BSA C10 C11 C12

Old MSN Group Messages => Old MSN Messages => Topic started by: AdminPete on November 25, 2008, 05:53:43 PM

Title: Warning C12/C11G condenser
Post by: AdminPete on November 25, 2008, 05:53:43 PM
I have noticed, as I won but thankfully did not pay for, a C12/C11G condenser on e-bay. It is listed as a replacement for a Lucas 423871 which is in fact the part for a mini. The correct condenser for a C12 is a Lucas 420302. The seller has another advert in for another "C12" condenser and I have asked her to change the advert. But I thought it worthwhile warning you all so no one else makes the same mistake mistake.

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From: Mentalmanicmike1 Sent: 17/10/2006 19:00
I now notice that Rectory Antiques are also selling on e-bay a condenser for an C12 which is a 423871 which is for a mini. Does anyone have an equivalents table for Lucas Condensers? There is of course the possibility that the Lucas 420302 is no longer made and the 423871 ids the nearest and will work. Any thoughts on this would be helpful.
Best regards

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From: Setsquared Sent: 22/10/2006 12:25
Well FWIW I use either a mini or ford escort condenser on all my brit bikes
They work fine, also even if you do find an original they are going to be 20+ years old and probably dried up and useless.


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From: PeteRudge1 Sent: 22/10/2006 13:41
I could be wrong, but I'm sure I was told once by a Halfords blokie that all condensers are the same inside, only the cases and fixings change. BUT, as I say, I could be wrong. It would be interesting to hear the facts from an auto electrician.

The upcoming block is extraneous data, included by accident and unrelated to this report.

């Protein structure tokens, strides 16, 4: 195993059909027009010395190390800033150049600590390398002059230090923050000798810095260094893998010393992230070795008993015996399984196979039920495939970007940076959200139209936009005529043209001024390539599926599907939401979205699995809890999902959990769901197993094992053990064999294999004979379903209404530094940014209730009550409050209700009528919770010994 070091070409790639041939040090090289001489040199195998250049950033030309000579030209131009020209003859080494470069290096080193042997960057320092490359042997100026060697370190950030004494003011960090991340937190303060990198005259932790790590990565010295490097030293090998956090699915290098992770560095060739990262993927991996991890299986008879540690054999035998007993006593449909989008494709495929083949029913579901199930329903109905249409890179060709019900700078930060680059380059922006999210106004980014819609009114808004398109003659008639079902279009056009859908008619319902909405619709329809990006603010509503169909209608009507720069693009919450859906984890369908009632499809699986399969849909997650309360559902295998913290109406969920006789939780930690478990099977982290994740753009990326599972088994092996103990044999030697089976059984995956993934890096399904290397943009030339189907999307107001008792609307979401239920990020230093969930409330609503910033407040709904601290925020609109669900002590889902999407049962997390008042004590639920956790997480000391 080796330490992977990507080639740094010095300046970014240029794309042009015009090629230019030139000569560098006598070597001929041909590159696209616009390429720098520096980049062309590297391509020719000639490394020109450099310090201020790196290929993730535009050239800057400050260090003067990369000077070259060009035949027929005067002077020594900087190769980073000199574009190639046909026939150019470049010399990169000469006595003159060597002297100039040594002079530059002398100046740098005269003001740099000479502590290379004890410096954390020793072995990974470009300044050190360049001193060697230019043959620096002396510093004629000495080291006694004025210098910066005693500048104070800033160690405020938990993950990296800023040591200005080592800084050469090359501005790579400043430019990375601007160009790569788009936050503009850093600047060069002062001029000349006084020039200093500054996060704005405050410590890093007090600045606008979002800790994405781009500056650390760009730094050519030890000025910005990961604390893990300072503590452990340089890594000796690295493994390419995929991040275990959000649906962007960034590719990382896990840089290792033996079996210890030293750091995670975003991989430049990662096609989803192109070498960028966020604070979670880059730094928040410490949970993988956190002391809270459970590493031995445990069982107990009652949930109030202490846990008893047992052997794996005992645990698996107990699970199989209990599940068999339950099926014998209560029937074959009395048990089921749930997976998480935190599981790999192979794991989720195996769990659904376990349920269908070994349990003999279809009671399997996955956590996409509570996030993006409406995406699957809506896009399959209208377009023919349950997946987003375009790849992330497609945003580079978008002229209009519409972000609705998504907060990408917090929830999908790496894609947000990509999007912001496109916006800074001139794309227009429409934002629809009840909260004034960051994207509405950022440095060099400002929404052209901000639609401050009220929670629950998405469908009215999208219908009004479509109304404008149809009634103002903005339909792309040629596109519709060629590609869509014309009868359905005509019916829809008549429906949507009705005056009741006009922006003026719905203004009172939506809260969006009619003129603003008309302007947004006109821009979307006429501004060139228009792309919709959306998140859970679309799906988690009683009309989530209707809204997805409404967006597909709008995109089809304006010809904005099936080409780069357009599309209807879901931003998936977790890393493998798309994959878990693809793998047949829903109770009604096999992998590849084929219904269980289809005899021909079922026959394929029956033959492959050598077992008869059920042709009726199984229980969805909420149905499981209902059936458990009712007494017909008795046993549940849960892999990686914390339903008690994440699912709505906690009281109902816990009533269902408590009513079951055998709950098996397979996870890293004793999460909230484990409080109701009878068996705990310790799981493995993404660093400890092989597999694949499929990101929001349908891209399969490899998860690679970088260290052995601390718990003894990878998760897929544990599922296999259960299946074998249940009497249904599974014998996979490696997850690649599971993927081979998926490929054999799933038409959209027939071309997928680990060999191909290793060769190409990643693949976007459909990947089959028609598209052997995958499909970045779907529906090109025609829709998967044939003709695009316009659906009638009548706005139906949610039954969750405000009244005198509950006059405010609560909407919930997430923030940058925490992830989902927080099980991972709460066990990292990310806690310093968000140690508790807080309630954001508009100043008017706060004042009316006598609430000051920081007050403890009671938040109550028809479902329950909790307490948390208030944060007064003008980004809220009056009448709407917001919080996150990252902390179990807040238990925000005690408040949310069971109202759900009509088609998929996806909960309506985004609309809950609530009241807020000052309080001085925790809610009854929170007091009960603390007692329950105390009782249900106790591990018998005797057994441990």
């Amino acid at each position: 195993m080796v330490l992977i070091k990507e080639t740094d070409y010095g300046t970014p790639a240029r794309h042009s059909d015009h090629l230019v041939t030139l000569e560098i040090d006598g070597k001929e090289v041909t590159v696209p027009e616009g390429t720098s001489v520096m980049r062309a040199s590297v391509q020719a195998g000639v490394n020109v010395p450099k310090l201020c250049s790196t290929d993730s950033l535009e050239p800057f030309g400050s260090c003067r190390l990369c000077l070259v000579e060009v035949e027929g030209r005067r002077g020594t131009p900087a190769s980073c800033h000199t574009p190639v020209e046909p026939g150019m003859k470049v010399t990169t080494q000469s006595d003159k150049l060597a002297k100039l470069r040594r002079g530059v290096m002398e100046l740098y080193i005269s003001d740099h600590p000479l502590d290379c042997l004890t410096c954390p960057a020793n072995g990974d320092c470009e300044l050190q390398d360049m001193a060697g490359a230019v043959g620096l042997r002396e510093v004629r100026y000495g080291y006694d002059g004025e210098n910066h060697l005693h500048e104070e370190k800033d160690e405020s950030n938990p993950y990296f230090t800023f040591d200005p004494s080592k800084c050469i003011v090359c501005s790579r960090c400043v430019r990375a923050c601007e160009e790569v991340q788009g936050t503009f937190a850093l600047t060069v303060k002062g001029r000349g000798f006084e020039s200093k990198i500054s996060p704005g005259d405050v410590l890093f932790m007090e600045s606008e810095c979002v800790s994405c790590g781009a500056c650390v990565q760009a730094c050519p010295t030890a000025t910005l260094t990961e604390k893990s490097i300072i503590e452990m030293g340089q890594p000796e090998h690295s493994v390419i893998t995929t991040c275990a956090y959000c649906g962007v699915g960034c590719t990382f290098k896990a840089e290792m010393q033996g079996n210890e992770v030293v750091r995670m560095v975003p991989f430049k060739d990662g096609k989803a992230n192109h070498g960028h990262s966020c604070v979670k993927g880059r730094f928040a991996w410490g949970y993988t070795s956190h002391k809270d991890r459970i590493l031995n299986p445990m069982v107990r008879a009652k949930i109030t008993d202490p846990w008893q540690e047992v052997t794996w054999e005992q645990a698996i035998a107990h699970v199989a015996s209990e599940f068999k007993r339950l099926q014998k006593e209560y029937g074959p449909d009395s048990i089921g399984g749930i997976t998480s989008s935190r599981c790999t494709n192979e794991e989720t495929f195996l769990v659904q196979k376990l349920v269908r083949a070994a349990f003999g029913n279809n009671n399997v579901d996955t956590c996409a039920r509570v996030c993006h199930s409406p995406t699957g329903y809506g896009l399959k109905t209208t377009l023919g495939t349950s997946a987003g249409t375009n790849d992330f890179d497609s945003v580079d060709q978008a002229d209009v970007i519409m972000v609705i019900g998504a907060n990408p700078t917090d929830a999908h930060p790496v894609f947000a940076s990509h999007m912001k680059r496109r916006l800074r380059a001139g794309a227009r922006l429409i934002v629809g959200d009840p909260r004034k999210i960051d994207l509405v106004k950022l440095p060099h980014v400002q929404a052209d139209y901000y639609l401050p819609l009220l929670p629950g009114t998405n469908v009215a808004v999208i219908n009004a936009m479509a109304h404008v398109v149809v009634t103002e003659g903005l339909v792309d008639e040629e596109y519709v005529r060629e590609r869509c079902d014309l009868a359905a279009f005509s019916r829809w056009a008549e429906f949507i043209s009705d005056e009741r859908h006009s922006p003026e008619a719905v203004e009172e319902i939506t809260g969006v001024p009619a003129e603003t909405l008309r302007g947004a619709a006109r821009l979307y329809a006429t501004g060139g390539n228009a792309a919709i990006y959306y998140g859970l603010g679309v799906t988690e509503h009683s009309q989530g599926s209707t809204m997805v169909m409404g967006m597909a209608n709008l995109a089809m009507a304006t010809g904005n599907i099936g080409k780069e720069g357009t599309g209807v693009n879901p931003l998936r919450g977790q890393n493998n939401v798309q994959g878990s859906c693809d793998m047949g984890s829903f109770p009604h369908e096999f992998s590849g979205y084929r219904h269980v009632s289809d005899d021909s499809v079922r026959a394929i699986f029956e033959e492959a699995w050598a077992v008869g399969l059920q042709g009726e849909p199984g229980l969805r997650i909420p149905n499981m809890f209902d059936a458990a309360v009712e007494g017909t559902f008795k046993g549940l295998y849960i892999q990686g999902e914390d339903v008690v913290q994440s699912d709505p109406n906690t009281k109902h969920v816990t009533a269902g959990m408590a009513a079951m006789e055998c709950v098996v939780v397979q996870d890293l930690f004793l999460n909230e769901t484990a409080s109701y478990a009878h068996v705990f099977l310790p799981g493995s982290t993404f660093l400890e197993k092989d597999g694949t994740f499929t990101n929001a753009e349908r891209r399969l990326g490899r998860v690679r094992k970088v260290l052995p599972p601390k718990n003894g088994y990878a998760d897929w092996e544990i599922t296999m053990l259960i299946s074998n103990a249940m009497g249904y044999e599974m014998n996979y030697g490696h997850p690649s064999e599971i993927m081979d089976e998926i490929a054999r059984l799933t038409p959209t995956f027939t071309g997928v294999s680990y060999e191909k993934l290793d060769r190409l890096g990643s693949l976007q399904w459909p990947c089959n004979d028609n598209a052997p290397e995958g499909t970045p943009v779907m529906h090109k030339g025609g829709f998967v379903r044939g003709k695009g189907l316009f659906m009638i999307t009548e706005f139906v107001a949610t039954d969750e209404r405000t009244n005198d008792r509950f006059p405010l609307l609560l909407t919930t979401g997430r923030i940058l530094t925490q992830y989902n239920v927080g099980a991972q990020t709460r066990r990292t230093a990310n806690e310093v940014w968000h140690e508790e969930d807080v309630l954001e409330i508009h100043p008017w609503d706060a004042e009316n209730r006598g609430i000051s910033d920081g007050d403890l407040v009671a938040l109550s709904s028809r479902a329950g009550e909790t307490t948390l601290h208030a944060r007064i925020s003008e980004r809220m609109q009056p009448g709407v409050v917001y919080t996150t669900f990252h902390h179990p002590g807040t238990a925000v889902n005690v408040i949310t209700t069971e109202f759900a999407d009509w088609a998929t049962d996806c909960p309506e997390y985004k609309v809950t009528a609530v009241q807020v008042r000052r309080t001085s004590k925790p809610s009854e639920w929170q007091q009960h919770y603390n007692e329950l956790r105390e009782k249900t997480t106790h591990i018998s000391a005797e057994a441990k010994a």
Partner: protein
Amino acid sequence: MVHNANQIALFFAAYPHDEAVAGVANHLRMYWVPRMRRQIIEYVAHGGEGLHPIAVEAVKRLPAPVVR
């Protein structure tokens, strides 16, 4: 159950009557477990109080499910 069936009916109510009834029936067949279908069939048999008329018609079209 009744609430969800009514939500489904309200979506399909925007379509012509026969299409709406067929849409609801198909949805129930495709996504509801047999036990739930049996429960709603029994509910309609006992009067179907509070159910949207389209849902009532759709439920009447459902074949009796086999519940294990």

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From: Setsquared Sent: 23/10/2006 22:28
That’s more or less true they mostly range from 0.5uF to 0.75uF
On an old coil ign engine this will make little difference
The BIG difference is the price, N.O.S. are vastly overpriced, NEW mini/ford condensers cost under 3 UKP


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From: steveOh420 Sent: 26/10/2006 01:32
Condensors are basically the same inside, however the length of the wire and cylinder determines the  suppression time of the "spike" of power in the primary circuit. Condensors are also used to suppress electrical interference from alternators on cars as well, called noise suppressors, as they "absorb" extra current flow through the (-) or earth. The key is ohms of resistance.

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From: Setsquared Sent: 26/10/2006 18:29
I don’t wish to start an argument
But you are completely wrong with that idea
It is the capacitance expressed in microfarads uF which is the determining factor
A condenser is after all, a capacitor in another name


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From: WODENTHEGOOD Sent: 26/10/2006 19:39